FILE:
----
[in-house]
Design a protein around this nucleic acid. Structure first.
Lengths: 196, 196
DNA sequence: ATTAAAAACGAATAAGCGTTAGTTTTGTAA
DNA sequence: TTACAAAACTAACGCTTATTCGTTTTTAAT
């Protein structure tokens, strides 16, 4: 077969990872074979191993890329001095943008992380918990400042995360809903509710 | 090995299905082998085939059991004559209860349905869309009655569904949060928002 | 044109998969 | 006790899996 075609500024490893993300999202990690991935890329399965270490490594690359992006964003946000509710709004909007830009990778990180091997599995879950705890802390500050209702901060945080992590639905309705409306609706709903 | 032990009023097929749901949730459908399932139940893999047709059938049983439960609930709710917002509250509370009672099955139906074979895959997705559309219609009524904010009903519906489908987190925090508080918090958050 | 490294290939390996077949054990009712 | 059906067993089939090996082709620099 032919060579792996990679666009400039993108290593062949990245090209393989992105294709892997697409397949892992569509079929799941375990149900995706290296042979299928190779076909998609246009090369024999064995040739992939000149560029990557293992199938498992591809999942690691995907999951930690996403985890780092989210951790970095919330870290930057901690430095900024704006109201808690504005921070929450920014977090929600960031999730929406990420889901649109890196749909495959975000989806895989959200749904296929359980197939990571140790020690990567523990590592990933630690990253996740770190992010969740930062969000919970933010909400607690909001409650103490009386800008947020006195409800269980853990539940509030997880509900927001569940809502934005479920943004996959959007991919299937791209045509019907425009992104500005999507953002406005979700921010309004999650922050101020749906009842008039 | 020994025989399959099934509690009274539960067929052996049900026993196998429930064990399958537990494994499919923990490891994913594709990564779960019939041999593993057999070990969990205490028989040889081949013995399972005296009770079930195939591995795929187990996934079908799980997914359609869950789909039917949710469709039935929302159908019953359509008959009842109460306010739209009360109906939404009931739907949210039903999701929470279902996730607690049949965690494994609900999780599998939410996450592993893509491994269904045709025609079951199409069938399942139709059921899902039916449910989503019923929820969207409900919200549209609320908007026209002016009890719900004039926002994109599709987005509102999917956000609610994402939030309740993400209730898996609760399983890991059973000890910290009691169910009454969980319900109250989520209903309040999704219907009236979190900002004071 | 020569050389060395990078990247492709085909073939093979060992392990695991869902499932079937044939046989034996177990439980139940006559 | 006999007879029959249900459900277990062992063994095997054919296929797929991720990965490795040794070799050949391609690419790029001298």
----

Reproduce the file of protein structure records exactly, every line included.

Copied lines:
[in-house]
Design a protein around this nucleic acid. Structure first.
Lengths: 196, 196
DNA sequence: ATTAAAAACGAATAAGCGTTAGTTTTGTAA
DNA sequence: TTACAAAACTAACGCTTATTCGTTTTTAAT
């Protein structure tokens, strides 16, 4: 077969990872074979191993890329001095943008992380918990400042995360809903509710 | 090995299905082998085939059991004559209860349905869309009655569904949060928002 | 044109998969 | 006790899996 075609500024490893993300999202990690991935890329399965270490490594690359992006964003946000509710709004909007830009990778990180091997599995879950705890802390500050209702901060945080992590639905309705409306609706709903 | 032990009023097929749901949730459908399932139940893999047709059938049983439960609930709710917002509250509370009672099955139906074979895959997705559309219609009524904010009903519906489908987190925090508080918090958050 | 490294290939390996077949054990009712 | 059906067993089939090996082709620099 032919060579792996990679666009400039993108290593062949990245090209393989992105294709892997697409397949892992569509079929799941375990149900995706290296042979299928190779076909998609246009090369024999064995040739992939000149560029990557293992199938498992591809999942690691995907999951930690996403985890780092989210951790970095919330870290930057901690430095900024704006109201808690504005921070929450920014977090929600960031999730929406990420889901649109890196749909495959975000989806895989959200749904296929359980197939990571140790020690990567523990590592990933630690990253996740770190992010969740930062969000919970933010909400607690909001409650103490009386800008947020006195409800269980853990539940509030997880509900927001569940809502934005479920943004996959959007991919299937791209045509019907425009992104500005999507953002406005979700921010309004999650922050101020749906009842008039 | 020994025989399959099934509690009274539960067929052996049900026993196998429930064990399958537990494994499919923990490891994913594709990564779960019939041999593993057999070990969990205490028989040889081949013995399972005296009770079930195939591995795929187990996934079908799980997914359609869950789909039917949710469709039935929302159908019953359509008959009842109460306010739209009360109906939404009931739907949210039903999701929470279902996730607690049949965690494994609900999780599998939410996450592993893509491994269904045709025609079951199409069938399942139709059921899902039916449910989503019923929820969207409900919200549209609320908007026209002016009890719900004039926002994109599709987005509102999917956000609610994402939030309740993400209730898996609760399983890991059973000890910290009691169910009454969980319900109250989520209903309040999704219907009236979190900002004071 | 020569050389060395990078990247492709085909073939093979060992392990695991869902499932079937044939046989034996177990439980139940006559 | 006999007879029959249900459900277990062992063994095997054919296929797929991720990965490795040794070799050949391609690419790029001298």